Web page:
Port of LA Launching Program to Eliminate Port Pollution
Can the Port of Los Angeles, the continent’s largest port by container volume, completely eliminate its pollution?
Not only is that the goal, but the port is rolling out zero and near-zero emission technologies and strategies in a program “expected to reduce more than 3,200 tons per year of greenhouse gases and nearly 28 tons annually of diesel particulate matter, nitrogen oxides and other harmful emissions from operations at [the port],” according to a Port of L.A. press release.
This is actually incredible news.
Imagine 14,100 cars per day being taken off the road of SoCal’s coast. Yes, that would be nice for those driving through the hell that is Los Angeles traffic, but we’re only concerned with the emissions the cars produce right now. Taking away the pollution of those 14,100 cars is what the South Coast Air Basin’s air gains will equate to with this program, according to the Port of L.A.
I won’t spiral this down into an article on the evils of pollution. We all know pollution is bad for the world and our health. Ports around the world are huge generators of pollution, but the Port of L.A. is leading the way toward changing that with the launch of the new Green Omni Terminal Demonstration Project.
The ramifications using, like this program will use, renewable and clean energy around the world at ports, eliminating the smog and greenhouse gases they currently produce, are huge.
Because so often international shipping news is dominated by negative stories like port congestion and carriers struggling to make a profit and survive, this story is a breath of fresh air. Literally.
The Port of L.A. shares in their press release:
… Pasha Stevedoring and Terminals L.P. and the Port of Los Angeles are launching the Green Omni Terminal Demonstration Project, a full-scale, real-time demonstration of zero and near-zero emission technologies at a working marine terminal.
“This is a Wright Brothers moment,” said Jeffrey Burgin, Senior Vice President of Pasha. “We’re going to be the proving ground to change the paradigm of how large industrial facilities can run on clean energy. We’re confident we can show [eliminating pollution from port-related operations] is absolutely attainable.”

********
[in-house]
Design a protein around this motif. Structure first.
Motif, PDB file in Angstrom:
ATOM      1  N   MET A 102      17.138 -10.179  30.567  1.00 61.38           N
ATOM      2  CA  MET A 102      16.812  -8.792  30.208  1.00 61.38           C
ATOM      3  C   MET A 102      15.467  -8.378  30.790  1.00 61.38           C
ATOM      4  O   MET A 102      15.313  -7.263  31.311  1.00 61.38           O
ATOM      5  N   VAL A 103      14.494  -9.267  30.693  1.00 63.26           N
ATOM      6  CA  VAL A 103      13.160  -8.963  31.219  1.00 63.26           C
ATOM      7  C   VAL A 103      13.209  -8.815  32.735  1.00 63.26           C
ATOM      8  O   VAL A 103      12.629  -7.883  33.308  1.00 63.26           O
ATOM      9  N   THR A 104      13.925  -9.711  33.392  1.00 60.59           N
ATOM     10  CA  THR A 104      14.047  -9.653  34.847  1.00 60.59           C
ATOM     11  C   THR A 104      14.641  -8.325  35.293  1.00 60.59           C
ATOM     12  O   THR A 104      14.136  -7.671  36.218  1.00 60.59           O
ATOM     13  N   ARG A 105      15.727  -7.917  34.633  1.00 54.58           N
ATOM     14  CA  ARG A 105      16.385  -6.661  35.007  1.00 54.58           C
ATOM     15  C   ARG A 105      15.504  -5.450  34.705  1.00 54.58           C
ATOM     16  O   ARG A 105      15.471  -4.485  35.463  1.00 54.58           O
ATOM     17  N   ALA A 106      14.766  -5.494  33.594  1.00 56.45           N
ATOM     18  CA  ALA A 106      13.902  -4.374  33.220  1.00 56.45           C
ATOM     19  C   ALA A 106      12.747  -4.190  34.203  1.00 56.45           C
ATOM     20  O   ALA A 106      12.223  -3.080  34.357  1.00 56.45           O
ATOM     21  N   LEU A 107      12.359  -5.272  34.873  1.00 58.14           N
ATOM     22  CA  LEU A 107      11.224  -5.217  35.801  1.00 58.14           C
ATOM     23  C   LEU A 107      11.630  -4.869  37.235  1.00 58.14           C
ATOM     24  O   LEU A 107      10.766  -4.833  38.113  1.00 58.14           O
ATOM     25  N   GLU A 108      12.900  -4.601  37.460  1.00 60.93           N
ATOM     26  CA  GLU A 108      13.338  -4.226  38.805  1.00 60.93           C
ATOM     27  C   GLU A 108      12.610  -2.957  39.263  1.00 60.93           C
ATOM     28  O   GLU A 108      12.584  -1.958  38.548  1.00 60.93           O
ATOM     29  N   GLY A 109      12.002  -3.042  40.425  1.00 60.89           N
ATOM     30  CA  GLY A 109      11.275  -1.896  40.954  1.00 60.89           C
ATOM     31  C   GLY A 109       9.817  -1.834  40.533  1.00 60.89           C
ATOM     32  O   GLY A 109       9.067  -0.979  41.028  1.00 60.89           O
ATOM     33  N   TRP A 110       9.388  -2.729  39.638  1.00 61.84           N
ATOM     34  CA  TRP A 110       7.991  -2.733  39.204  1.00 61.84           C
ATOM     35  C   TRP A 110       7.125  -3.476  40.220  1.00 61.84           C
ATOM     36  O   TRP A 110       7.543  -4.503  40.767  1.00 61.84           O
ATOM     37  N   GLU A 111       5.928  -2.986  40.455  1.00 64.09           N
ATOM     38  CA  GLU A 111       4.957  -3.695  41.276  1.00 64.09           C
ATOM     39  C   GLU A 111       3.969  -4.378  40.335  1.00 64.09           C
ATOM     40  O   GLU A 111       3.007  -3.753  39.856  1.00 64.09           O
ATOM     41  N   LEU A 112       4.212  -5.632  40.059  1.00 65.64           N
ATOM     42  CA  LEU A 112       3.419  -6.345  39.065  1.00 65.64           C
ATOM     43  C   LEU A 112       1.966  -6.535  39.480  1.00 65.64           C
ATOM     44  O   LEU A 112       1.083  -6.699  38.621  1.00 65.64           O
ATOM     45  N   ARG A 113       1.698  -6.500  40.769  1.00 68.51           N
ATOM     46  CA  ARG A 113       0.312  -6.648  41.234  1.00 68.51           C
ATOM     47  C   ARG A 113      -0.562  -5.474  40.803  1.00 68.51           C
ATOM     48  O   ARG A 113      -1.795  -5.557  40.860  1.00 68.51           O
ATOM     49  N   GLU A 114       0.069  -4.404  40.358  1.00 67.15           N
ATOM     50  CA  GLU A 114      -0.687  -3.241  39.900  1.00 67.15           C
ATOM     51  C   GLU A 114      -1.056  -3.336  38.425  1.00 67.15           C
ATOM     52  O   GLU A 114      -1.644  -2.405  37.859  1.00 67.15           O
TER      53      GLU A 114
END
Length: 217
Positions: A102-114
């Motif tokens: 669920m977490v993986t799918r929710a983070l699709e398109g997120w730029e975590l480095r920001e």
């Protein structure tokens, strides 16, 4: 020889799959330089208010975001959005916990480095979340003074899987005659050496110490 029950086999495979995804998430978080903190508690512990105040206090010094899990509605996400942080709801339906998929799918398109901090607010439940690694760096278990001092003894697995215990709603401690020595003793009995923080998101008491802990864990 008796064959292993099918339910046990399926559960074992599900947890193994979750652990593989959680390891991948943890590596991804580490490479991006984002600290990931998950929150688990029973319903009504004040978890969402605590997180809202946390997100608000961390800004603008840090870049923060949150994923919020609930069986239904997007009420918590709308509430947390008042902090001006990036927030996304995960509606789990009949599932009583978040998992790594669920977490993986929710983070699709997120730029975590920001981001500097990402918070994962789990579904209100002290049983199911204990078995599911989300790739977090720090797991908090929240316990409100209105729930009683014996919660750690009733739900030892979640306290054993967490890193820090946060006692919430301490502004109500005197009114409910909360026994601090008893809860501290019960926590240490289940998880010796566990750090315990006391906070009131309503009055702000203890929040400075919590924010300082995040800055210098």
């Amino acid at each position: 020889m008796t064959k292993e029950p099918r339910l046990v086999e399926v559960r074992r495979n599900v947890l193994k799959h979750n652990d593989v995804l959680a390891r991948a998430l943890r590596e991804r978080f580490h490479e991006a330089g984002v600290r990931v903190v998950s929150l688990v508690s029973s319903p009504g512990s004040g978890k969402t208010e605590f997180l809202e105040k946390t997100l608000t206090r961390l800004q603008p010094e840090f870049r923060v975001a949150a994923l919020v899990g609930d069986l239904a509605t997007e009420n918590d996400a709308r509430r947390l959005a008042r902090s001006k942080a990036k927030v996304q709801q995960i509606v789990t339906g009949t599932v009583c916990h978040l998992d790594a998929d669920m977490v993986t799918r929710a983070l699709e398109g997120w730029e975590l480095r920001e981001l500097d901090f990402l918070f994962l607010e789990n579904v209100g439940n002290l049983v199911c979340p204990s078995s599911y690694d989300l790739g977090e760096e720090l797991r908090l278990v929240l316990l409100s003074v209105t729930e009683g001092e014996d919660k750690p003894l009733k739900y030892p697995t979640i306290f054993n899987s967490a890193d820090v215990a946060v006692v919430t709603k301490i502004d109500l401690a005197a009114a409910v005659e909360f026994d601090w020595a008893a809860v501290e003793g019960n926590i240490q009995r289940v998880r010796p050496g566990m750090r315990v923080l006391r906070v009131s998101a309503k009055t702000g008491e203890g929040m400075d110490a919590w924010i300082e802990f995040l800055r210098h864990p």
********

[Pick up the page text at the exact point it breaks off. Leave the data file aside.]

Here’s a list of things the press release says the project will utilize to reach its goals:
- new and retrofitted zero-emission electric vehicles and cargo-handling equipment
- latest generation of advanced technology for capturing ship emissions from vessels unable to plug into shore power at berth
- a microgrid that includes solar generation, battery storage, and an energy management system to maximize usage
Here are the details the press release gives on the project:
Project implementation will start in June with the final design and construction of the solar-powered microgrid. Components include a 1.03 megawatt photovoltaic rooftop array, a 2.6 megawatt-hour battery storage system, “bi-directional” charging equipment that can receive as well as supply power, and an energy management control system.
The project’s developmental fleet of zero-emission cargo handling equipment includes four electrified yard tractors, two high-tonnage forklifts, two drayage trucks and a top handler. Additionally, two wharf cranes will be upgraded with new electrical drives and control systems, and the project will demonstrate ShoreCat, the next generation of the METS-1 (Marine Exhaust Treatment System) for capturing at-berth vessel emissions without plugging into shore power. METS-1, which was piloted at the Port of Los Angeles, is one of only two existing ARB-approved alternatives to shore power.
In addition to integrating zero-emission vehicles and cargo handling equipment into the full scope of terminal operations, the project’s goals are to reduce emissions at berth from non-regulated ships, accelerate the development of commercially viable zero and near-zero emission equipment and solutions.
The project isn’t cheap, costing $26.6 million.
That cost may slow other ports from following suit right away. However, if the program is as successful as expected, other ports around the world should follow the Port of L.A.’s lead.